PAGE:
The people on the course were a mixture of farmers ready to diversify, sales reps, cheese buyers, factory cheesemakers sent by their companies and a couple of people like me; no agricultural background but with a dream to make cheese. They had come from all over Britain and a list of accommodation is supplied with the course details. I stayed within walking distance at Henhull Hall. A working dairy farm where I watched the milking which was great and had wonderful breakfasts.

 

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Considering the different needs of the course members, I thought that Val and Chris aimed it just right and made it clear that the course was aimed at showing people how to make cheese.

 

The final half day was unwrapping our cheeses and placing them in the cold store for another course to sample at some stage. On my second course Chris let us sample the cheddar we'd made and it was lovely although she did say a grader wouldn't keep it back to mature much further. I presume this means it wasn't great! Before going home we did blind tastings of various cheeses. Some of the small group I was in thought one cheese was rancid but I liked it. It turned out to be a traditionally bandaged farmhouse cheddar so I obviously like that sort of thing i.e. the expensive ones! 

 

The next course was Soft Cheese and I enjoyed it even more. I think this time because a year had passed and I had much more insight and a bit more practical knowledge. I also had a lot of questions as I was about to do my own cheese room. Actually Chris's advice was invaluable. I also knew that I was nearly there compared to the previous course and that made a big difference. There were a lot of questions about sinks and cold rooms and packaging etc... Some advice I'll touch on when I talk about the room.

 

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Becky (another nurse married to a dairy farmer in Devon) and I made Camembert which was great fun. I don't know about hers but when I came to eat mine 2 weeks or so later something had gone wrong. I had friends to dinner with their French friends so I madly inflicted it on them! I'm sure the whole incident will be dined out upon as when I cut the cheese it sort of exploded with liquid milk going everywhere. Basically I suppose the inside had not changed from first pouring. It was very funny anyway. The French can maintain their national pride!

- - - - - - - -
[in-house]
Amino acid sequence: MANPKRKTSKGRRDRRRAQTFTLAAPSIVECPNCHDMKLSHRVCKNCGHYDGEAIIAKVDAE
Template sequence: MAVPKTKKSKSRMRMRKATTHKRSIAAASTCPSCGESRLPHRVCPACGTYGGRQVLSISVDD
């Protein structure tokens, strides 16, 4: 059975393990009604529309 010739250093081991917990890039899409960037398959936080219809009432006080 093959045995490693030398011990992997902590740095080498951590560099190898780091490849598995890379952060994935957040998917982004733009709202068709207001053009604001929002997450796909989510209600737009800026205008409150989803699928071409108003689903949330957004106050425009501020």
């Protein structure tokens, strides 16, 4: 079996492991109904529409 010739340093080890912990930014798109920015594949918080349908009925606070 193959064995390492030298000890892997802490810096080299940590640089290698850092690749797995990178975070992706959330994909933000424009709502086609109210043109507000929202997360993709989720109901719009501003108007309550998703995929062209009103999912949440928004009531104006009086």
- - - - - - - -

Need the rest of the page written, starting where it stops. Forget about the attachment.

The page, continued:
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The Blue cheese that another group made was fantastic and I'm following that recipe for my Blue cheese here, Fort Grey. Also made was mozzarella and ricotta.

 

In short, I needed both courses but got a lot more out of the second because I was ready for all the information. It gave me the confidence to get going and I came home ready to start. It also gave me a network of people with whom to share tips etc and Chris answers queries by e-mail which is really useful. Without threatening anyone's patch, talk as much as you can to other makers. I found Martin Moyden on the Specialist Cheesemaker's Assoc. members list. He is in Newport Shropshire and has given me a lot of advice. I went to see him during the second course. Seeing others' equipment and how they adapt it etc is so useful and how they come to price for the cheese etc.

 

A Cheese makers tale to be continued.........

 

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Cheese making training-Part 2
Friday, 16 January 2009
A few details about Fenellas cheesemaking training. It was an internet search that brought up AB Cheesemaking Courses. Various courses run by Chris...